Space programs in sight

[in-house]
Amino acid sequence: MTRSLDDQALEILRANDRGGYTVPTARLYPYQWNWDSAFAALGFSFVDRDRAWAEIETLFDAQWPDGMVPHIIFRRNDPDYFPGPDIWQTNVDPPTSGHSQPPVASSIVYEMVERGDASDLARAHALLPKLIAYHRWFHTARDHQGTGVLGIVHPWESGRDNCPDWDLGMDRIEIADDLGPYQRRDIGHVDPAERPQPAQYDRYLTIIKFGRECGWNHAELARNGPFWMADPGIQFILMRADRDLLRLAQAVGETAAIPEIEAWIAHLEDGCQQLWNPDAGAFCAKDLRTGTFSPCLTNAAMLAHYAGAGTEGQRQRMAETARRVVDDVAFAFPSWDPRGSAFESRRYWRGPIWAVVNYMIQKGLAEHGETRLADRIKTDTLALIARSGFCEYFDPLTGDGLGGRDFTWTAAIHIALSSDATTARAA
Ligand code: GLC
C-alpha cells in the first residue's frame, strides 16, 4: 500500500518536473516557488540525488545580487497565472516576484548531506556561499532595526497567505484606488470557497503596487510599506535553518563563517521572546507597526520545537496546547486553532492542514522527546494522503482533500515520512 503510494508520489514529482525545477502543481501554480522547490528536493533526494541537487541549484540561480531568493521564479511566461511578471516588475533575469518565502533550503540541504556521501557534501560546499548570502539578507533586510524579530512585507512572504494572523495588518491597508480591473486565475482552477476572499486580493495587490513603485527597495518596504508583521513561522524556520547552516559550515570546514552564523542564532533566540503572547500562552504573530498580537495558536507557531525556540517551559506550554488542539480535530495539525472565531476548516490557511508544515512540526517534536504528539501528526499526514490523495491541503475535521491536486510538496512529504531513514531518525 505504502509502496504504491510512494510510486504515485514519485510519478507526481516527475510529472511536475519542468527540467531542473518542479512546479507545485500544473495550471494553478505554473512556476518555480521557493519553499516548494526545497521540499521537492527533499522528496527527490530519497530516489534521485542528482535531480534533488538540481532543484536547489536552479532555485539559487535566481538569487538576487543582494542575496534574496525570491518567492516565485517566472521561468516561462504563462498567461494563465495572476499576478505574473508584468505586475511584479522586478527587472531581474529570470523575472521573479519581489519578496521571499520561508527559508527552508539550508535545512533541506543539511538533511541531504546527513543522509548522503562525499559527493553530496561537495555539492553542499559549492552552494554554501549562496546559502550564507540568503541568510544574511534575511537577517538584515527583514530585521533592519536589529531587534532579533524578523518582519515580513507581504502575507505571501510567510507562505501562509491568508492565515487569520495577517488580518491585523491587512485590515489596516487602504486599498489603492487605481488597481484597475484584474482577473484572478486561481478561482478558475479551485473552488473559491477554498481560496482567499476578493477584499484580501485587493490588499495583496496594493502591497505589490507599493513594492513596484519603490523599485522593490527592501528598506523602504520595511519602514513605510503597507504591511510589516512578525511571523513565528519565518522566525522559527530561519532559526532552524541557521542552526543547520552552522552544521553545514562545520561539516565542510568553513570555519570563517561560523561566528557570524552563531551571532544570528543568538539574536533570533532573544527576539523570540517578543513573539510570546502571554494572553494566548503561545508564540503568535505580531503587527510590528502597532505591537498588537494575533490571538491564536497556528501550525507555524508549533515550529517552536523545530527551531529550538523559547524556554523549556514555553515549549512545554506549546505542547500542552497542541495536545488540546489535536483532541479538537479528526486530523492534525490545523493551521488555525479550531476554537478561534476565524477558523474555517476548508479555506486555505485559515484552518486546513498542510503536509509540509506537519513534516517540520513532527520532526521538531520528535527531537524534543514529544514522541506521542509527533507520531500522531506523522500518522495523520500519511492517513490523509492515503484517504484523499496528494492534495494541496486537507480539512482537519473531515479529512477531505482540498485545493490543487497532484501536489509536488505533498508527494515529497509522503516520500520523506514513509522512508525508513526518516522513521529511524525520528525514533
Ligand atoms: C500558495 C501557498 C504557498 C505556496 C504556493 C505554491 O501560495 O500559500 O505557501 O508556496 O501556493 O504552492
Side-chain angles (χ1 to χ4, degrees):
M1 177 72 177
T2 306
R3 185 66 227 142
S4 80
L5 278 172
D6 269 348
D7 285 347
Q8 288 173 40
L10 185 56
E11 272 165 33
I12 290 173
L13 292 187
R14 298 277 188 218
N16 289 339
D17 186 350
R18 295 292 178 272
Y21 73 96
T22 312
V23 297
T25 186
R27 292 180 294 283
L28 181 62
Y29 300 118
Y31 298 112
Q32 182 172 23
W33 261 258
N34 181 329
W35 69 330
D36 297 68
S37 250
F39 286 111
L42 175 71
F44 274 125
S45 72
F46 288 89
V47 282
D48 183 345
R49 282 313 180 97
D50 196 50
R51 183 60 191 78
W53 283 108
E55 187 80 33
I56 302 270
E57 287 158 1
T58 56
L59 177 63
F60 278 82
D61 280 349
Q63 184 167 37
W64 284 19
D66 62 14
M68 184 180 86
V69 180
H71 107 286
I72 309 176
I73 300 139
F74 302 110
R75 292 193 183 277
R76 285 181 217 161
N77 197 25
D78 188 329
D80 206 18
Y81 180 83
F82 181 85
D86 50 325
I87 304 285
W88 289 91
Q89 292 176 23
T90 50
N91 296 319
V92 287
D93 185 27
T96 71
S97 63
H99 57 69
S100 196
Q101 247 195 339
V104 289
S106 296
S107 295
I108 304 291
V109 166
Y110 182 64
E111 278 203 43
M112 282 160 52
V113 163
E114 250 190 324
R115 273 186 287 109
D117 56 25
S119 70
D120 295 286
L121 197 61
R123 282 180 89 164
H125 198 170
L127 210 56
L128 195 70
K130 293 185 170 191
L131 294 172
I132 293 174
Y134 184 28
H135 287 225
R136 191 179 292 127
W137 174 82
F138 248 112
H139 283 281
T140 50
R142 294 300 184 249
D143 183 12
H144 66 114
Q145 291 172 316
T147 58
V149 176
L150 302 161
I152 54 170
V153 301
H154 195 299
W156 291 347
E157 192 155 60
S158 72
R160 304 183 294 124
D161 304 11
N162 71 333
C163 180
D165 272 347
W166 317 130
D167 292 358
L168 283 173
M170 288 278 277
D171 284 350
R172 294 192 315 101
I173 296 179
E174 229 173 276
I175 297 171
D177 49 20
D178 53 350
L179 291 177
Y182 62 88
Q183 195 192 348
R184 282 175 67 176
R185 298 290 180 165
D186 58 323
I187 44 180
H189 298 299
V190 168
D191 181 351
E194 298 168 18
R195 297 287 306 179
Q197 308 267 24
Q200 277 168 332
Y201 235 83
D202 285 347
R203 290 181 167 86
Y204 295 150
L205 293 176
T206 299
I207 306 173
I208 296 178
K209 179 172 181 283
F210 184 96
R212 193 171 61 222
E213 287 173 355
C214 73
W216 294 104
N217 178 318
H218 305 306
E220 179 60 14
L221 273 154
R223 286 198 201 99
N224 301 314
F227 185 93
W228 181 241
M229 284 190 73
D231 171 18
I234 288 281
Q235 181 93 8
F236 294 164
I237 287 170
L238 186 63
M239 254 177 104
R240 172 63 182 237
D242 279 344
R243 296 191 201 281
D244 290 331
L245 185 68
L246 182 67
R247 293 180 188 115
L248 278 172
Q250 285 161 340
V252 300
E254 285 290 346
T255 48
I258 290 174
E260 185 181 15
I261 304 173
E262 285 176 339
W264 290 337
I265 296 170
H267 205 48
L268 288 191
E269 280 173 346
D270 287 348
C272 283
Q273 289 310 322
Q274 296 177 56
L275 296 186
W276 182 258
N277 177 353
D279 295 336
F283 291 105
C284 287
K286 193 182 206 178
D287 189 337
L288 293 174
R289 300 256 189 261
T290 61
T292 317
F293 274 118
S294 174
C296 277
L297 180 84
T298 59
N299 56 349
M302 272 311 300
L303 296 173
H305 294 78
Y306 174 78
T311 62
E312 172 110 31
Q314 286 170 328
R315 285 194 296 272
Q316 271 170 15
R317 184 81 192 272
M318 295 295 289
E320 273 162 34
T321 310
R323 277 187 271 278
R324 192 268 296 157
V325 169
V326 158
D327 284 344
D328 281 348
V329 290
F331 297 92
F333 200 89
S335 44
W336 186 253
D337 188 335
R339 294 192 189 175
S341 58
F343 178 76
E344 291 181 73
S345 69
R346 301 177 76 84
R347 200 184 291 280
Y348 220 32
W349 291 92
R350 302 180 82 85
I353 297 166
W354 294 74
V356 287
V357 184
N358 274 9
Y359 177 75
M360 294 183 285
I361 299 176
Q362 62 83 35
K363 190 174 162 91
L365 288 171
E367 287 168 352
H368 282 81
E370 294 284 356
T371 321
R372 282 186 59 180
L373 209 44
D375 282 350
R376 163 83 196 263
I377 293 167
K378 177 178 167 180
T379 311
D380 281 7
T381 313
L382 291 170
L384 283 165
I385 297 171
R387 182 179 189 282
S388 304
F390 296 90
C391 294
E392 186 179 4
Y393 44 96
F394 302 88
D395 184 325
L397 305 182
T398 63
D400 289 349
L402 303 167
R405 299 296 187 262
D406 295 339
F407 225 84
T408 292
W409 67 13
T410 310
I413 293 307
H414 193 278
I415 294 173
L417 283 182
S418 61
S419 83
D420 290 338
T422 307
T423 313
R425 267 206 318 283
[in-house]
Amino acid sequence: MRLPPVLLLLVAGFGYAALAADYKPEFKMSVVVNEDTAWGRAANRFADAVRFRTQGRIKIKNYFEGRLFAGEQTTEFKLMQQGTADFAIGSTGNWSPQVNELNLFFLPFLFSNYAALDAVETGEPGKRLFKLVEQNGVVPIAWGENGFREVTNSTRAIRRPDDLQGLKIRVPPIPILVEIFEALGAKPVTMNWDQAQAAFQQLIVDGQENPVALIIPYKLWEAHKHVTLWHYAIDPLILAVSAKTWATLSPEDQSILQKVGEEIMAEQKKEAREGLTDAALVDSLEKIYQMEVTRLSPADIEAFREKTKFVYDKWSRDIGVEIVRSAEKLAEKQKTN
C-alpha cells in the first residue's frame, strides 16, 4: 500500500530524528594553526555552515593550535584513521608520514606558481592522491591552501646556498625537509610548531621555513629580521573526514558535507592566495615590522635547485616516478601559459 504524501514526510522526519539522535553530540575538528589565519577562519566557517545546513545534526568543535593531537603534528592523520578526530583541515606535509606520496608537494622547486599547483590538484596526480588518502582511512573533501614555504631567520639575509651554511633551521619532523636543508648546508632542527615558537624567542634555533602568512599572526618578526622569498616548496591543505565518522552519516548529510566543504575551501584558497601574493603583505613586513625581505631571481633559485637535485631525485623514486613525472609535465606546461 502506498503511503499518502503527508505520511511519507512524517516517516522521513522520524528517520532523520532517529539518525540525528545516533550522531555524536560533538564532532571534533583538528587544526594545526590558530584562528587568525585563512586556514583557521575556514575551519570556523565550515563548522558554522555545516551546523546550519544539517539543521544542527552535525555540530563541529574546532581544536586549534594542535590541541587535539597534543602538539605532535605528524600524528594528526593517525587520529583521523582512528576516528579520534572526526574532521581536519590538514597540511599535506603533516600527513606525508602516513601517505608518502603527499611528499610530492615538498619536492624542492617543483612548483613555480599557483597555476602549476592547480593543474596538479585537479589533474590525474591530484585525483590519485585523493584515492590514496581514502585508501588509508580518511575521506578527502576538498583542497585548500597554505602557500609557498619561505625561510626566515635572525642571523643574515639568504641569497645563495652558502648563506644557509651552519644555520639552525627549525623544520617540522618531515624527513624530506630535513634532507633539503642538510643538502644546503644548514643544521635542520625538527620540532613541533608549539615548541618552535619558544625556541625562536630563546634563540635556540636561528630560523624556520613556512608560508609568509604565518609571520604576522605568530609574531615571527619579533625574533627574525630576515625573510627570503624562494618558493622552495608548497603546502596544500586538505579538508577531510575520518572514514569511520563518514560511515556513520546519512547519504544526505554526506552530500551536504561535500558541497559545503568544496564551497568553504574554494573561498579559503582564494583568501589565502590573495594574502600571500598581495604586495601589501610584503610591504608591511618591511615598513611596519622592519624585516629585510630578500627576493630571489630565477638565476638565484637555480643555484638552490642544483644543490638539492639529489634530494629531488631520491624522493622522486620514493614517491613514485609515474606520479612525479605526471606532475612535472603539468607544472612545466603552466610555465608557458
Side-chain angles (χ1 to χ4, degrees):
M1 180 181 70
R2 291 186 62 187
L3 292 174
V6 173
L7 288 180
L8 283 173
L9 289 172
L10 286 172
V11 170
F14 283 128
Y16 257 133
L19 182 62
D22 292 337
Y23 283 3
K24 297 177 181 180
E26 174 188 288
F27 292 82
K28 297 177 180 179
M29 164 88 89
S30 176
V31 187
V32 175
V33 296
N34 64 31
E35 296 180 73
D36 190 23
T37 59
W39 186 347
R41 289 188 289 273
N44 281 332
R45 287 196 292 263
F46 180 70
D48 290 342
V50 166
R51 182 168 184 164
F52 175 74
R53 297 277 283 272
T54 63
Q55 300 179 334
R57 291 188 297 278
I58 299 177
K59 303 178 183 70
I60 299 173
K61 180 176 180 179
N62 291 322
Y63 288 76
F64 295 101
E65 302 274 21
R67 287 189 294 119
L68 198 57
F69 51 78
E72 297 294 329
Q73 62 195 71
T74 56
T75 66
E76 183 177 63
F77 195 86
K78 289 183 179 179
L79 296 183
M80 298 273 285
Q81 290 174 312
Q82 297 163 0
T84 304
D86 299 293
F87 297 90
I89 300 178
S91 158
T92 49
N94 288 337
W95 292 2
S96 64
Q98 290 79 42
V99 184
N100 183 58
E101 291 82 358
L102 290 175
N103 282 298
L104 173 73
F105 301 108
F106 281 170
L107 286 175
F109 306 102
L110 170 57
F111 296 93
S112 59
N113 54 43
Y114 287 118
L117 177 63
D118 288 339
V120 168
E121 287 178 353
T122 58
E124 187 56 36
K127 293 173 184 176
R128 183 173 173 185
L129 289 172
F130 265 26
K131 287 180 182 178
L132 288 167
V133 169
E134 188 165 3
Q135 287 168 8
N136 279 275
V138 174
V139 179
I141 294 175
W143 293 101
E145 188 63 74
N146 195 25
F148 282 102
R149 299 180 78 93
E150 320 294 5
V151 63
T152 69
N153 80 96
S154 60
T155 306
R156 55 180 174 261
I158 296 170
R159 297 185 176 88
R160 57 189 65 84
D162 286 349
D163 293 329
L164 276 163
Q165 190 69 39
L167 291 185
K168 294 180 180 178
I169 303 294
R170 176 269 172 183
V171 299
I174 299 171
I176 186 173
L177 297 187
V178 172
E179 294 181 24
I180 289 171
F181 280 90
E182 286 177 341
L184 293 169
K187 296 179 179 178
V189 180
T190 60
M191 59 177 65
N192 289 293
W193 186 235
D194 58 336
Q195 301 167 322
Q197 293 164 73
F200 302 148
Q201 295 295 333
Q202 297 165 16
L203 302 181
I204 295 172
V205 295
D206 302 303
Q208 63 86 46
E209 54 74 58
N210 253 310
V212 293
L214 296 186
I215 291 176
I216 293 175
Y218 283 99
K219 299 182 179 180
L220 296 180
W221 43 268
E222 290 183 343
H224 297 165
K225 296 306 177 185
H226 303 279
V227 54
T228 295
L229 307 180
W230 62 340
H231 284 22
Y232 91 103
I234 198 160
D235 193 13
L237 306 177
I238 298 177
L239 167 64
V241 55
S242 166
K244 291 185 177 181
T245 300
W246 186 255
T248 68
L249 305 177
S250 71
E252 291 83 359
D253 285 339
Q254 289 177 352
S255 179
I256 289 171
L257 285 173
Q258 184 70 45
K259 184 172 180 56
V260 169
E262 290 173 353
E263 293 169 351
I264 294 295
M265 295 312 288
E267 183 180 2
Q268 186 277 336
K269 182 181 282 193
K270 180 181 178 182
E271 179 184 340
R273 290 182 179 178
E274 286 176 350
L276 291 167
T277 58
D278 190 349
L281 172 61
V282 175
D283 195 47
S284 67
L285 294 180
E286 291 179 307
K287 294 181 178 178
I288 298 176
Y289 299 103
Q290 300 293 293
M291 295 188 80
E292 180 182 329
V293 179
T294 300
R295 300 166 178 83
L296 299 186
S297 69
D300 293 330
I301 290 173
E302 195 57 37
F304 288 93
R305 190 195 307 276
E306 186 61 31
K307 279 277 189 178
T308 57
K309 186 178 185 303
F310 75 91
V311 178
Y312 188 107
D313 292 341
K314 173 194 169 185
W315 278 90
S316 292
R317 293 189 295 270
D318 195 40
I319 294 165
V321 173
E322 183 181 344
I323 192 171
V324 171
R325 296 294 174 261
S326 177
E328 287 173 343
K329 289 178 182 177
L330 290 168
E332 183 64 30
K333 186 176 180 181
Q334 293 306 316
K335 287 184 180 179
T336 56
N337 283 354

first_img AD Quality Auto 360p 720p 1080p Top articles1/5READ MOREBlues bury Kings early with four first-period goals The Centennial Challenges were inspired in part by the $10 million Ansari X Prize that was won last year by Mojave aviation designer Burt Rutan’s SpaceShipOne rocket plane for the first private, manned suborbital spaceflights. Peter Diamandis, founder of the X Prize, said he has been talking with NASA officials about making one of the agency’s prizes a multimillion-dollar award for a private manned orbital flight. Calvert said Congress is providing the “rules and tools” for NASA to carry out the moon flights. He said Congress must be committed to the idea to ensure that the nation retains its edge in technology. “Hurricanes and the war have prompted some of my colleagues to suggest cutting the NASA budget,” Calvert said. “We can’t allow short-term events to jeopardize our long-term investments.” On Monday, NASA released a draft set of requirements to industry for launch systems to carry cargo to the International Space Station and put astronauts in orbit after the space shuttle is retired in 2010. NASA is looking at two launch systems, one for cargo and one for crew. Both will be derived from space shuttle propulsion systems. NASA will be spending about $500 million over the next four years on that effort, said Scott Horowitz, a former astronaut who is NASA’s associate administrator for exploration systems. Proposals are scheduled to be delivered to NASA on Feb. 10. In May, NASA will award contracts to go forward with developing the systems, Horowitz said. Jim Skeen, (661) 267-5743 [email protected] 160Want local news?Sign up for the Localist and stay informed Something went wrong. Please try again.subscribeCongratulations! You’re all set! Congress is expected to reach agreement this month on NASA legislation that will formally endorse returning man to the moon and expand a prize program inspired in part by the Ansari X Prize. Negotiators this month are expected to resolve differences between the Senate and House of Representatives versions of the National Aeronautics and Space Administration spending authorization bill. The final bill’s language will incorporate the “Vision for Space Exploration” announced in January 2004 by President George W. Bush, directing a new moon mission. “It will be the first time Congress has officially endorsed the vision,” said Rep. Ken Calvert, R-Riverside, chairman of the House subcommittee on space and aeronautics and one of the bill’s negotiators. The final bill will also likely continue the Centennial Challenges, a prize program NASA started last year. NASA plans to spend about $80 million over the next four years to spur private industry to develop technologies needed for space exploration. last_img read more

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